SHAPE ENERGY Research Design Challenge

Control, Change and Capacity-Building in Energy Systems

European and worldwide energy policy and research are largely influenced by knowledge and disciplines from Science, Technology, Engineering and Mathematics (STEM). Yet the challenges energy transitions entail concern social patterns as well, like individual or organisational behaviour and their management. These issues are covered by energy-related Social Sciences and Humanities (energy-SSH) disciplines. In fact, according to the European Commission (EC) Horizon2020 work programme on energy, knowledge from numerous fields of research is necessary to realise the ambitious goals of energy transitions concerning emissions reductions, renewable energy shares and the concomitant changes in social organisation. In what ways different energy-SSH disciplines design a research challenge related to overarching energy research problems (see next section) is the objective of this call. Ultimately, it aims at inferring consequences for multi- and interdisciplinary energy-SSH research that serves both the academic and energy policy community.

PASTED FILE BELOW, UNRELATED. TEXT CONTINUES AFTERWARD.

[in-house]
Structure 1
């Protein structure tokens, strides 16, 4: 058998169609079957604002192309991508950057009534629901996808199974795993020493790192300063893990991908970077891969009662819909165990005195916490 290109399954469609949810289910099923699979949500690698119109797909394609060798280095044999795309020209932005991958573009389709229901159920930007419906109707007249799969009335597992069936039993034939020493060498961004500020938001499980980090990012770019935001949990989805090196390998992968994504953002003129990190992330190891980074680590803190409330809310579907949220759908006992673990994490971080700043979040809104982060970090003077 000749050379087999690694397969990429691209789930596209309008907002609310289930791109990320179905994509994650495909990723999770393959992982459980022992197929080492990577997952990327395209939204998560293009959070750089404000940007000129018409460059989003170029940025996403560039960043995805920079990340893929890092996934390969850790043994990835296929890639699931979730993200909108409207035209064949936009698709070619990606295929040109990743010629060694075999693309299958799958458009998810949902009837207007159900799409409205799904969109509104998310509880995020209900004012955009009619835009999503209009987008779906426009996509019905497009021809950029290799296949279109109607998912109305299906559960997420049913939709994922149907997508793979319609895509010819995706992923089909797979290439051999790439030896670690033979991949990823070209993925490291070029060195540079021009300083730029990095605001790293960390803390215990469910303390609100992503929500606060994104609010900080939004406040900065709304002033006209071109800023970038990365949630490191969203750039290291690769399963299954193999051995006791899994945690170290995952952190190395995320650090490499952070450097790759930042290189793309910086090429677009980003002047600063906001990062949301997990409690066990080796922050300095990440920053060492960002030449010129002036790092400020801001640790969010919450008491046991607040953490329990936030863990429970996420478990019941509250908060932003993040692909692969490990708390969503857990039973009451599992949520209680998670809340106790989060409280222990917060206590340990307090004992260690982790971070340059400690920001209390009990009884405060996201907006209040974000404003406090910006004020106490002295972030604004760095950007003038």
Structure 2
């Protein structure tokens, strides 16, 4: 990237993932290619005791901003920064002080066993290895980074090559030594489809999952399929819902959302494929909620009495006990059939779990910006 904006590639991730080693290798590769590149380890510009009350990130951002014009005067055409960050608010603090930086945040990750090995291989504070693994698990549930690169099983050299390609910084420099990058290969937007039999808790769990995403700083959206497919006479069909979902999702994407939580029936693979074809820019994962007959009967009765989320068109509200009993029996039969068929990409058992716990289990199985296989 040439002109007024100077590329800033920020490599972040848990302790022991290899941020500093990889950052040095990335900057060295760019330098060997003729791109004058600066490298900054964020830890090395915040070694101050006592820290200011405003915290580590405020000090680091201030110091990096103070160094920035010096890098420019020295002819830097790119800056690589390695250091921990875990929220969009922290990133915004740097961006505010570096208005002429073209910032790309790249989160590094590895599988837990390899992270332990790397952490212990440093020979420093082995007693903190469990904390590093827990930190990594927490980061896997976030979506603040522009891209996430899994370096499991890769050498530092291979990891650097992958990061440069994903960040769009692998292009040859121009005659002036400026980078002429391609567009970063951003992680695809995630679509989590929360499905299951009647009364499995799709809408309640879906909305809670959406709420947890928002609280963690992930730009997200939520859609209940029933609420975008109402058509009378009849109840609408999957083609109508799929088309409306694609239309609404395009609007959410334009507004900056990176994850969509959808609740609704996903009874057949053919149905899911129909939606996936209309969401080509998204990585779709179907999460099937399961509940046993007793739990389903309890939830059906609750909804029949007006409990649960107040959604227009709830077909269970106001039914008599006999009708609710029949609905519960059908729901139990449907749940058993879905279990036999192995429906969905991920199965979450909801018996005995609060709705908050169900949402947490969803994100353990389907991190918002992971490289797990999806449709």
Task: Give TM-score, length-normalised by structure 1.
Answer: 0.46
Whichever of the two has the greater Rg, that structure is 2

Therefore, the SHAPE ENERGY platform, represented herein by the partner institution Karlsruhe Institute of Technology (KIT), Institute for Technology Assessment and Systems Analysis (ITAS), invites European SSH researchers to take part in our ‘Research Design Challenge’. This challenge contains three sub-challenges framed as social science research problems on energy relating to control, change and capacity-building in energy systems (see below). The Research Design Challenge is an attempt to deepen our understanding of interdisciplinarity by analysing how different social sciences and humanities disciplines research the same scientific problem. Across multiple SSH disciplines, up to 15 teams of at least 2 researchers from at least 2 European countries (EU member states and associated countries, see pdf download for details) will be selected and funded with up to 2.500 Euros to foster collaboration (funded to cover travel to meet up).  In the wake of current EC initiatives, applications to this call for abstracts could be, among others, appealing for researchers who plan on follow-up applications with H2020 or EU-related programmes like COST or Marie Skłodowska-Curie, for instance. We seek your application for an eventual 3.000-4.000 words paper on one of these challenges if you are researching in one of the following SSH disciplines: Business; Communication Studies; Criminology; Demography; Development; Economics; Environmental social science; Education; Gender; History; Human geography; Law; Linguistics/languages; Philosophy; Planning (architecture); Politics; Psychology; Science/tech studies; Sociology; Social anthropology; Social innovation; Social policy; Theology. However we note that it is fine to include SSH disciplines from outside this list.